Why, one might ask, is this a noteworthy or remarkable occurence? After all, I have not broken 15 minutes countless times. I am an expert at not breaking 15 minutes. I am reliable and dependable and if you ever need someone to not break 15 minutes, I’m your man. My failures at breaking the barrier outweigh, by some margin, the number of times (one) that I have.
Yet despite my impressive aptitude for failing to get round twelve-and-a-half laps in under a quarter of an hour, I was very pleased with yesterday’s run. In fact, my near miss was almost as satisfying as the time I actually did it. It confirmed my belief that I have taken another step forward this season. Backing up a PB with another time in the same ballpark is reassuring and shows that you are on a new level; it shows that the performance was no fluke.
I also feel that yesterday’s run was intrinsically better than my 14:59. It rained constantly throughout my race and the track was soaked. I went for it, stringing together a succession of 70-second laps in the middle of the race in the knowledge I had nothing to lose, and paid for it later on when I got dropped from the lead group I had fought hard to get on to. Despite this, I had decent strength and didn’t completely blow up having gone off at 14:45 pace. I learned that I am not yet in that kind of shape but also learned that I’m really not too far away. With even pacing I would have run a personal best but wouldn’t have learned anything about where my limit is.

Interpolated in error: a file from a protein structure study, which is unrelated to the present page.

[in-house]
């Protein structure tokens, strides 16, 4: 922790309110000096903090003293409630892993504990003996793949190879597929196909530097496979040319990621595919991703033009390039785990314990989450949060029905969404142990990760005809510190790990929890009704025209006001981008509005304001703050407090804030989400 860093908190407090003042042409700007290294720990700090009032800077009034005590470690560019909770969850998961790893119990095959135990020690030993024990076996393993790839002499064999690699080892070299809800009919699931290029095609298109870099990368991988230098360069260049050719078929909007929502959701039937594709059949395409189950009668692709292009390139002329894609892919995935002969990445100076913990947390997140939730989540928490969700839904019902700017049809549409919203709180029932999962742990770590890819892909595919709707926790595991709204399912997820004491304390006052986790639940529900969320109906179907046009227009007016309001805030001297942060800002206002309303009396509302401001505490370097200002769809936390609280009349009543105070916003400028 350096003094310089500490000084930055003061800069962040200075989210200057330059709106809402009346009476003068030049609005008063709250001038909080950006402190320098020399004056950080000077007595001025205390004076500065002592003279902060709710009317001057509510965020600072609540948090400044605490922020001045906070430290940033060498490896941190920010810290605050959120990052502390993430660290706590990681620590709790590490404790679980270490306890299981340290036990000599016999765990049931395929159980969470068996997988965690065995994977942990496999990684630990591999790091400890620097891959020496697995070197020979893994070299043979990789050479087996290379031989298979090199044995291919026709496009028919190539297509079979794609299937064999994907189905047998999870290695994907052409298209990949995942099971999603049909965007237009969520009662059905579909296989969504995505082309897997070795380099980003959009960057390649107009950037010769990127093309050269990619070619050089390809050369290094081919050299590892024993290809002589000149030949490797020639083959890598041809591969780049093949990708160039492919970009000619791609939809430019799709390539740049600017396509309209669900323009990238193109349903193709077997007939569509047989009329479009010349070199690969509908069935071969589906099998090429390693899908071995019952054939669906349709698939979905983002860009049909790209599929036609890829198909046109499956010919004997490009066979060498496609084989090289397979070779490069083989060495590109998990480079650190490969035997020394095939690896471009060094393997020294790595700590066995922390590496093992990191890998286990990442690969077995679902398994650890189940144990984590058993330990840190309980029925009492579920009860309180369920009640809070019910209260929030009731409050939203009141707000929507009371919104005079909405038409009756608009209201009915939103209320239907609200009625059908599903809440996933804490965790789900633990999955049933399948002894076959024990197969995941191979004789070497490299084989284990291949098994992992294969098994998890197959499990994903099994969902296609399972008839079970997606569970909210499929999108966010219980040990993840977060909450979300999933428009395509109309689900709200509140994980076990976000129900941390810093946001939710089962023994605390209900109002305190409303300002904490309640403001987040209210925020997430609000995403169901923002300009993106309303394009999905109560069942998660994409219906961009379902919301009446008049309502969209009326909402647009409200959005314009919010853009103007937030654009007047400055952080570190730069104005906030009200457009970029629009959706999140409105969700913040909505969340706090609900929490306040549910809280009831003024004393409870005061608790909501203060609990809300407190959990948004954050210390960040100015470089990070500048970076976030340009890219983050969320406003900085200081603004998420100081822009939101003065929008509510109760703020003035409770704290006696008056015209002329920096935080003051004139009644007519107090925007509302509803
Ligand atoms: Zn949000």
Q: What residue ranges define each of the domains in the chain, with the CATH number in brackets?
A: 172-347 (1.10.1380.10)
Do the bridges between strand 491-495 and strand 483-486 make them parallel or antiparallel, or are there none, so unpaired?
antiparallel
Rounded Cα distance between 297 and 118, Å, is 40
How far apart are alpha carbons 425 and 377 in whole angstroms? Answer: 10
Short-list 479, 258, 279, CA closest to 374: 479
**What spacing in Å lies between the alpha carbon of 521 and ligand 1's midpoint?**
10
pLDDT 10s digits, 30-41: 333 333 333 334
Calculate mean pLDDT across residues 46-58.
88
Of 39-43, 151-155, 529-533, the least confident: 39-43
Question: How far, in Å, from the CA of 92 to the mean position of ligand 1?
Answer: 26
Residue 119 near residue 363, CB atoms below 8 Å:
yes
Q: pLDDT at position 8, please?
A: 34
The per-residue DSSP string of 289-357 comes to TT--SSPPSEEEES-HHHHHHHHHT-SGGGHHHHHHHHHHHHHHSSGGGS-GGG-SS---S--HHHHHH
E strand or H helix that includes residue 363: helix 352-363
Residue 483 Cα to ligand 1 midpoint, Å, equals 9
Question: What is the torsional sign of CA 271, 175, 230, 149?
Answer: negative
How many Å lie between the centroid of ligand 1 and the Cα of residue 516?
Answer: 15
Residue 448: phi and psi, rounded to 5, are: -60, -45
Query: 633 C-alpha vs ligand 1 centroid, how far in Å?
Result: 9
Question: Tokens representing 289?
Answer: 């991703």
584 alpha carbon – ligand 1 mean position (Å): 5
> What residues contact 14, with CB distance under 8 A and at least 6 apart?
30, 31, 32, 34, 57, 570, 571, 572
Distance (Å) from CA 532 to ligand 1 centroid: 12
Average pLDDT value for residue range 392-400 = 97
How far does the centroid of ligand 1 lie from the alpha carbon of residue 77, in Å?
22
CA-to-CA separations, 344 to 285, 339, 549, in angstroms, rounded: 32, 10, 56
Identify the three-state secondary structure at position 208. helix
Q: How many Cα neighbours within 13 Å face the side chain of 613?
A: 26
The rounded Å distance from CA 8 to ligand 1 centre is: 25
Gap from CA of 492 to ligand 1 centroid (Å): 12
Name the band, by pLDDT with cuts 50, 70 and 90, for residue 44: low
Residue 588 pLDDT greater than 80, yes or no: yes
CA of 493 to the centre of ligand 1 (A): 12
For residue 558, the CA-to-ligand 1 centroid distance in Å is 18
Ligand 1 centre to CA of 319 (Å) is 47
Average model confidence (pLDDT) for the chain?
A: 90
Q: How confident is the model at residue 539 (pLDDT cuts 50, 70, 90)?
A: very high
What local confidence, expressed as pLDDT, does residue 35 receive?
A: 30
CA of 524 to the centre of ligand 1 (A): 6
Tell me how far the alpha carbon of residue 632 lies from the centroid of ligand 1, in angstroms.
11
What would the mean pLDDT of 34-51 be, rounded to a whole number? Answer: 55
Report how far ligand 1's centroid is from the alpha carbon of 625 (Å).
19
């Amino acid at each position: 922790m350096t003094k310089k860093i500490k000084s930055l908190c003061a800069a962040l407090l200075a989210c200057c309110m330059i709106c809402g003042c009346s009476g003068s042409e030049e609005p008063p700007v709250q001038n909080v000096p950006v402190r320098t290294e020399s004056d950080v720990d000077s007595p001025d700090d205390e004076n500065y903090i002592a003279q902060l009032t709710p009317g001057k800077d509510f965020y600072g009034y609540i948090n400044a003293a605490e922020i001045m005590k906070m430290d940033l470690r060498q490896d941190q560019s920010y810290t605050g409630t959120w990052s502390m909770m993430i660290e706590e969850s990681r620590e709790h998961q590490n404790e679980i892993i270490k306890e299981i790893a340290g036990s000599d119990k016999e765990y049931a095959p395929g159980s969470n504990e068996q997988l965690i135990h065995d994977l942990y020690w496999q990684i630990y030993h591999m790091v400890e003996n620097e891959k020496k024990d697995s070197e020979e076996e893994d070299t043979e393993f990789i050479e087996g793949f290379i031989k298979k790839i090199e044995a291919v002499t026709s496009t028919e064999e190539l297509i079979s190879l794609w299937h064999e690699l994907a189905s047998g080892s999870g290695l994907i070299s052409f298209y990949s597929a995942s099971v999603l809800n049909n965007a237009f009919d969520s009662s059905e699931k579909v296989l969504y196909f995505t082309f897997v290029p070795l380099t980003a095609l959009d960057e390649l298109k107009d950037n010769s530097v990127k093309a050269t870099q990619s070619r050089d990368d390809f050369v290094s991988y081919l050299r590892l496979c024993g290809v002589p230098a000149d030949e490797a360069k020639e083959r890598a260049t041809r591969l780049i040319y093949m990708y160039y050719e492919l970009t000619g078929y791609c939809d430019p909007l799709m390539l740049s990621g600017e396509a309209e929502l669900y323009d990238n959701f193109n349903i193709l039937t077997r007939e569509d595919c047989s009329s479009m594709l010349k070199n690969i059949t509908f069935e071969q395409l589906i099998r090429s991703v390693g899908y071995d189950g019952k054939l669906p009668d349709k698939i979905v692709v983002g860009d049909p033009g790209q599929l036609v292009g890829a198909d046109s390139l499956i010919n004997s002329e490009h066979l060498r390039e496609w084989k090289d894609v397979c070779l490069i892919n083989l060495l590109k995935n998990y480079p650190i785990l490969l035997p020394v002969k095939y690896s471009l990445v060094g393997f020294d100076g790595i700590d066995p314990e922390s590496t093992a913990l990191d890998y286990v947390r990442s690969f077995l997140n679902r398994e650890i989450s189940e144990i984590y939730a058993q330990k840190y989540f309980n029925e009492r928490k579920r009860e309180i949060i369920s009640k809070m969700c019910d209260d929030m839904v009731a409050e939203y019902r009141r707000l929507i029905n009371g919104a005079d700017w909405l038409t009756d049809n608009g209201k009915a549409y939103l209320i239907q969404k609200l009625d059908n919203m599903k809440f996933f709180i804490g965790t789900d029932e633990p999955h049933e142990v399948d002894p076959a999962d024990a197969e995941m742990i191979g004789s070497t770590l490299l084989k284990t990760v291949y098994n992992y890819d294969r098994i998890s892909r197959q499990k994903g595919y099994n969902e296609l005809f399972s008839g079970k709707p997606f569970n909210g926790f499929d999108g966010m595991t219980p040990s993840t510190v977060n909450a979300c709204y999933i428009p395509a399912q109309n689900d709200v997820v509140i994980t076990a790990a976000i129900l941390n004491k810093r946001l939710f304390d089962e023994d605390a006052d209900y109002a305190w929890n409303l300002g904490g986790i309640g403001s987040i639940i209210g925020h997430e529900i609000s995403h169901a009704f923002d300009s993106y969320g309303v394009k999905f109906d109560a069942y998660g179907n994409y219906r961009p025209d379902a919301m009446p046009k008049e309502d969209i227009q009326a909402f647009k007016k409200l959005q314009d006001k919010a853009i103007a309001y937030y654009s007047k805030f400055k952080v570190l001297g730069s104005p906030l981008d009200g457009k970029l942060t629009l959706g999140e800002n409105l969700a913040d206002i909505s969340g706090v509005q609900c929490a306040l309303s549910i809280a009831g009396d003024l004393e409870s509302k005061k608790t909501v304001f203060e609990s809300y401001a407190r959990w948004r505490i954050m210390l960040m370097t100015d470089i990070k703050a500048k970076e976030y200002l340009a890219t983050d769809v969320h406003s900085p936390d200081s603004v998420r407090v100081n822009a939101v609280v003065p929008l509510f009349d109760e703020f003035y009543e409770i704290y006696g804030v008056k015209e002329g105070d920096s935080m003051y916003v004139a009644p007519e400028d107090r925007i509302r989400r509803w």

Last night’s race has made me excited and hungry for next season, and in the shorter term, motivated for the cross country races that winter brings. But first a break…
Monday: 10km easy (10)
Tuesday: AM 8km easy / PM 13km moderate, weights (21)
Wednesday: 10km easy (10)
Thursday: AM 10km easy / PM 12*100 on grass (20)
Friday: rest (0)
Saturday: AM 6km easy / PM BMC Gold Standard B race – Milton Keynes, 6th in 15:00.71 (17)
Whilst the act of cleaning my stinking shoes after a race is nothing new, the sight of my spikes drying in the hot August air seemed symbolic of a seaon passed and prompted reflection on what I had achieved and how this compares to my expectations for the season. Strictly speaking the season is not yet over; I’m going to have one last go at my 5000m PB later this week before putting my feet up for a week or two, but with leagues and championships done and dusted and their results consigned to the history books (Power of 10) it is fair to say that the track season is complete.
First of all, this season has definitely been a success. As well as running personal bests for 1500m, mile, 3000m and both steeplechase distances I achieved a long standing ambition to break 15 minutes for 5000m in a race that was by far the most satisfying of my track season. I’ve been in this sport for a decade now but continue to learn new things about myself. One is that I can still get a huge buzz from the simple act of having run faster than ever before. The thrill of running a personal best, in particular one that represents the conquest of a significant barrier, never goes away. The race played out exactly as I imagined it would when I had tried to envisage breaking 15; the conditions were good, the field was strong, I cut it about as fine as I possibly could and most of all it was bloody hard work.